Members of the Al Hidaya Islamic Center start their services with a prayer facing Meca. Friday night, a lot was on their minds following the terrorists attacks on two New Zealand mosques.
“The community needs some healing. They need to address this issue,” said the mosques imam Shaikh Djafar. “These are times when we strongly count on our faith,” Djafar said.
Leaders are asking their community to maintain that faith, with a message to the youth to teach understanding to their peers.
“They should be proud being Muslims. We are in a country where there is freedom of religion and freedom of speech and definitely their community will do their best to protect them,” said Djafar.
Burhanulhak Brulah said he’s experienced racism at school.
“Thankfully nothing too serious, but when somebody says something like that to me, I try to explain it to them what we really believe,” Brulah said. “Most people will come to understand what our religion is really about, and it’s not violence. It’s peace,” Brulah continued.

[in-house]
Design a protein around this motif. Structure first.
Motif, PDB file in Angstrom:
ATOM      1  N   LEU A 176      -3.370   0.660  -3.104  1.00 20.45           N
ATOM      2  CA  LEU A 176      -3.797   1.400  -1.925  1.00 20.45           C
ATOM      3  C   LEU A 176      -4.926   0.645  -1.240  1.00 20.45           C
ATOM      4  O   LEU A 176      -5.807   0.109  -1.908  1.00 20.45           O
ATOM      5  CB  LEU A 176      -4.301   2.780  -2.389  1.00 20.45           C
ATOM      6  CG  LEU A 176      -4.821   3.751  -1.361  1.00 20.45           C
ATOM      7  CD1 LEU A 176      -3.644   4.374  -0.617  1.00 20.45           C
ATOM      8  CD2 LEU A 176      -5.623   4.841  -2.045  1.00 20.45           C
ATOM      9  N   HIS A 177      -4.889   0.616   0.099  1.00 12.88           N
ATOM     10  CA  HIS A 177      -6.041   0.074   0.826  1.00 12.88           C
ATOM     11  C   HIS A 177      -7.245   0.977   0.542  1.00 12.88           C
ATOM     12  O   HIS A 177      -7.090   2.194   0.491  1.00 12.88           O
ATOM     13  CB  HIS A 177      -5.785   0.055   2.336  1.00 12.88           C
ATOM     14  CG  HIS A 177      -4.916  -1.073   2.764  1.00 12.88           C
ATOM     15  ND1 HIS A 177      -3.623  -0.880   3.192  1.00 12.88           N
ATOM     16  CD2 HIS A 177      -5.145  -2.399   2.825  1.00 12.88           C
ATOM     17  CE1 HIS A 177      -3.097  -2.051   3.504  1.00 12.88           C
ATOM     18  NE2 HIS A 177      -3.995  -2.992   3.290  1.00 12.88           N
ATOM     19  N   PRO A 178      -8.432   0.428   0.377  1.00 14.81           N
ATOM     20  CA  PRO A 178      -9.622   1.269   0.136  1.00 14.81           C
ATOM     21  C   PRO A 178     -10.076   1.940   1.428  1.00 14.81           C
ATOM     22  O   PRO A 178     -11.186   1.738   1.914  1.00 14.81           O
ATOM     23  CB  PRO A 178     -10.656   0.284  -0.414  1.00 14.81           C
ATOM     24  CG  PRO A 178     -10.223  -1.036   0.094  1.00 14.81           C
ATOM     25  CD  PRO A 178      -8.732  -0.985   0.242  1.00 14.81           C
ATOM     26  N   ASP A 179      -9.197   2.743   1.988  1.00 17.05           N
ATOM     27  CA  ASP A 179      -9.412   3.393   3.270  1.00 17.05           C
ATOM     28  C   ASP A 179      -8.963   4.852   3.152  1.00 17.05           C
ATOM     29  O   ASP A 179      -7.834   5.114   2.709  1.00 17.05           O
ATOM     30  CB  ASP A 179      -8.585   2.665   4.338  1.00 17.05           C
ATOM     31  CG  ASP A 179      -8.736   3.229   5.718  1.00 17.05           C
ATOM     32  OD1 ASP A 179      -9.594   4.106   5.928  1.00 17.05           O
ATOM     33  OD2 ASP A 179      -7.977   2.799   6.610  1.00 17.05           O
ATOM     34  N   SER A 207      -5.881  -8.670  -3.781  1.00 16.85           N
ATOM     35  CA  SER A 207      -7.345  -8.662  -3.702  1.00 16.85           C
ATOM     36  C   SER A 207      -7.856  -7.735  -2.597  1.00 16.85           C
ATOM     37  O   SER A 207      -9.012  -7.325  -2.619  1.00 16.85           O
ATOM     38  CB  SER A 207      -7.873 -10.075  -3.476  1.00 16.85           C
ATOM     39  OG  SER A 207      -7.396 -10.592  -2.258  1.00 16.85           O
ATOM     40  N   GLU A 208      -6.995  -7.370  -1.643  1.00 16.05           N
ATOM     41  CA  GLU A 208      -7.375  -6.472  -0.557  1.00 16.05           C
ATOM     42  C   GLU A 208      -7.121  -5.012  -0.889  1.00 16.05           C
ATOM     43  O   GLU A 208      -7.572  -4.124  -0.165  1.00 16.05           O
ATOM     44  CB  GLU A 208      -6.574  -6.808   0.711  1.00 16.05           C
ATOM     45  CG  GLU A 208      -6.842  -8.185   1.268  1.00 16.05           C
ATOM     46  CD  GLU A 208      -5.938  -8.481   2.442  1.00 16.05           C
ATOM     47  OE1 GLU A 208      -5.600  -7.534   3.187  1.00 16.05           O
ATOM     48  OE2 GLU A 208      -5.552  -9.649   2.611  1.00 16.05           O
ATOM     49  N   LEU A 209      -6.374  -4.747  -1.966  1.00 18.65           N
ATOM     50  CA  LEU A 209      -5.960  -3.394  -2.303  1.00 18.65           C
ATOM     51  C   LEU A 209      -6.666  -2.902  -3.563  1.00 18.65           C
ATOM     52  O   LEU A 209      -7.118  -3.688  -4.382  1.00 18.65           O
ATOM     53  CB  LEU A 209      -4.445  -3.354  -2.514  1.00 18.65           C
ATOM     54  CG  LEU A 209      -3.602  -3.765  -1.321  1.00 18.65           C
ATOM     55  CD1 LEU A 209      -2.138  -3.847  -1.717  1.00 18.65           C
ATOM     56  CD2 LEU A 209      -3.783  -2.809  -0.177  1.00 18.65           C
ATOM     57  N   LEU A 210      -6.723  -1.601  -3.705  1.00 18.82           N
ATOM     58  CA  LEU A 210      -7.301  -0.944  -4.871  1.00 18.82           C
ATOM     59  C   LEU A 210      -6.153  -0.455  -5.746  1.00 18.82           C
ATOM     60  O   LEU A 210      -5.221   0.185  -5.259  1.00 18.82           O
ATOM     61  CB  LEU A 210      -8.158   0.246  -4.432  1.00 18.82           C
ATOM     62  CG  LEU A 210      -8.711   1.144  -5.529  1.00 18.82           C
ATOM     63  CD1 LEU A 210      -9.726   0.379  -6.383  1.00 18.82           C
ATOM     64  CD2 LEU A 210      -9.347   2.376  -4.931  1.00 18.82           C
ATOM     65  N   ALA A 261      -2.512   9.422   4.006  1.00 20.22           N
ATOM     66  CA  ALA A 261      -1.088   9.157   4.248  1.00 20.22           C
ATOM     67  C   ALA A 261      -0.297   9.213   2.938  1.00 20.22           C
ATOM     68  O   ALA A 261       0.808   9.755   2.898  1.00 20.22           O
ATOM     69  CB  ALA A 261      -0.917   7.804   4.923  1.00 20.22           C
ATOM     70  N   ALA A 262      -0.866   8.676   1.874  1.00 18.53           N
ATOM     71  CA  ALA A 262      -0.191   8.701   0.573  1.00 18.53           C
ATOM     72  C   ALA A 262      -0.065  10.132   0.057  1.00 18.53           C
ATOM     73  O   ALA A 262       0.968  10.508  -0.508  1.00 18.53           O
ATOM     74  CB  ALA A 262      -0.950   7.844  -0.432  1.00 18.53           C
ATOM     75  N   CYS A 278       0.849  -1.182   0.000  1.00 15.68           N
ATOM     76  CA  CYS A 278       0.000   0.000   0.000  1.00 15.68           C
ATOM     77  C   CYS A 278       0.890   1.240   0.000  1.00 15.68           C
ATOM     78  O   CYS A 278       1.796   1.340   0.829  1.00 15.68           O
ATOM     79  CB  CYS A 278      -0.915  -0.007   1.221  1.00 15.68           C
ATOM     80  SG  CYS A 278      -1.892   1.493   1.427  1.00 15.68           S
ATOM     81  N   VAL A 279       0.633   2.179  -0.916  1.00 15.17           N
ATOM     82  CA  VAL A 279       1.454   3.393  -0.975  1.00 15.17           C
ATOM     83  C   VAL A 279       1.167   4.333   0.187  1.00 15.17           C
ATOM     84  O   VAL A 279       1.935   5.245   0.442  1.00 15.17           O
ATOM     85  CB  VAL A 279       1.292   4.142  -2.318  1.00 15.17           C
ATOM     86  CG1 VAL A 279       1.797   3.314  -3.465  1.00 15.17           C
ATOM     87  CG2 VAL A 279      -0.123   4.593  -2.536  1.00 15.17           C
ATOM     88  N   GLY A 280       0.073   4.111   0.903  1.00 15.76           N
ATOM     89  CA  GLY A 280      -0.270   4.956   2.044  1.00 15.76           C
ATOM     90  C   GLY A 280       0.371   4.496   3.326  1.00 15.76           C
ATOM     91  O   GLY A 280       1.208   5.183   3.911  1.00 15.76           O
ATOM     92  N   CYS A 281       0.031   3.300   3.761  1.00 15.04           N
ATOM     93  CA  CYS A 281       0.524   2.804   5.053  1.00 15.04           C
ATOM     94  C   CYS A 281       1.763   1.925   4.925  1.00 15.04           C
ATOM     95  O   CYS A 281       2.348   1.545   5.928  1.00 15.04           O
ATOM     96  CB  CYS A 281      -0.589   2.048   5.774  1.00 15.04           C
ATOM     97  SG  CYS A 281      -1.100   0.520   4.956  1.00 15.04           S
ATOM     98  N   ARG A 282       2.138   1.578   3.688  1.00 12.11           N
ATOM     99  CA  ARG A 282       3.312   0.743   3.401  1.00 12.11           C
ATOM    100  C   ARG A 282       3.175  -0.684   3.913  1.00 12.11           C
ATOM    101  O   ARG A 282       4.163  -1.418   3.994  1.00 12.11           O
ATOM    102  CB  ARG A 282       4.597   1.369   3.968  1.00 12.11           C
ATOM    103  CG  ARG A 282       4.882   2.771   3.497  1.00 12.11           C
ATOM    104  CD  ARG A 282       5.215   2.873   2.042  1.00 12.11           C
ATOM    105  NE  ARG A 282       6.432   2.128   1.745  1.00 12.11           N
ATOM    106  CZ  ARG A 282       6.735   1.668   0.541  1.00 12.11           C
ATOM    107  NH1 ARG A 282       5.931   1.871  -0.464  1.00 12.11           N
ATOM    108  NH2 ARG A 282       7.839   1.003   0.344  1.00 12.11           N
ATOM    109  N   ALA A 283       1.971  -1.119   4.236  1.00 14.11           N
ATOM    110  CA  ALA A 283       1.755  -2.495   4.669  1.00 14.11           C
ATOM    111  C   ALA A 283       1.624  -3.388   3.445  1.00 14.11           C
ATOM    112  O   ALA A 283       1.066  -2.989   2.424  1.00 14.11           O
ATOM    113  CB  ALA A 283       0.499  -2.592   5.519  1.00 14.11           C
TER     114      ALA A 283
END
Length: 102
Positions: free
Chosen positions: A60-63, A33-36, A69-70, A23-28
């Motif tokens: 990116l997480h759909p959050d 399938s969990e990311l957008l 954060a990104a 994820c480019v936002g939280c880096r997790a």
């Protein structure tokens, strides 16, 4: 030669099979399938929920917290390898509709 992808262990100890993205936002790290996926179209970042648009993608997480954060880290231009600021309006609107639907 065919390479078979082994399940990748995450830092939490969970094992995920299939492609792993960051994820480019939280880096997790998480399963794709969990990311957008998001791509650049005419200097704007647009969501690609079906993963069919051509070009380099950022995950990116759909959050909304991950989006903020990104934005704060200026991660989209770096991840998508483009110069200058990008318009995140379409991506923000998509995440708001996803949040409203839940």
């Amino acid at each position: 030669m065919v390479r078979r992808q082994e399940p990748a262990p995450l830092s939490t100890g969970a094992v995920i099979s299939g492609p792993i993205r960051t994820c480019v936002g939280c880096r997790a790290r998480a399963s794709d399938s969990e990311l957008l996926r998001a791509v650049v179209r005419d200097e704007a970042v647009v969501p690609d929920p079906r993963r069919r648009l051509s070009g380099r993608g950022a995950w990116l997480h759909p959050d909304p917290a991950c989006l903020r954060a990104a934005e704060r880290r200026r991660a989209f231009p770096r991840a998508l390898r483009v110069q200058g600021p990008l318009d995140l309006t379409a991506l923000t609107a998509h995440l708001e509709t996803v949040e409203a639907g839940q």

“These incidents, as they happen, just make you insecure inside you,” said mosque member Asma Arif. “Whether it’s a mosque, a synogue, whether it’s a temple — it shakes me inside,” Arif said.
After Friday night’s prayer service, the mosque held a panel discussion for their members, sharing thoughts on how to process the recent terrorist attacks.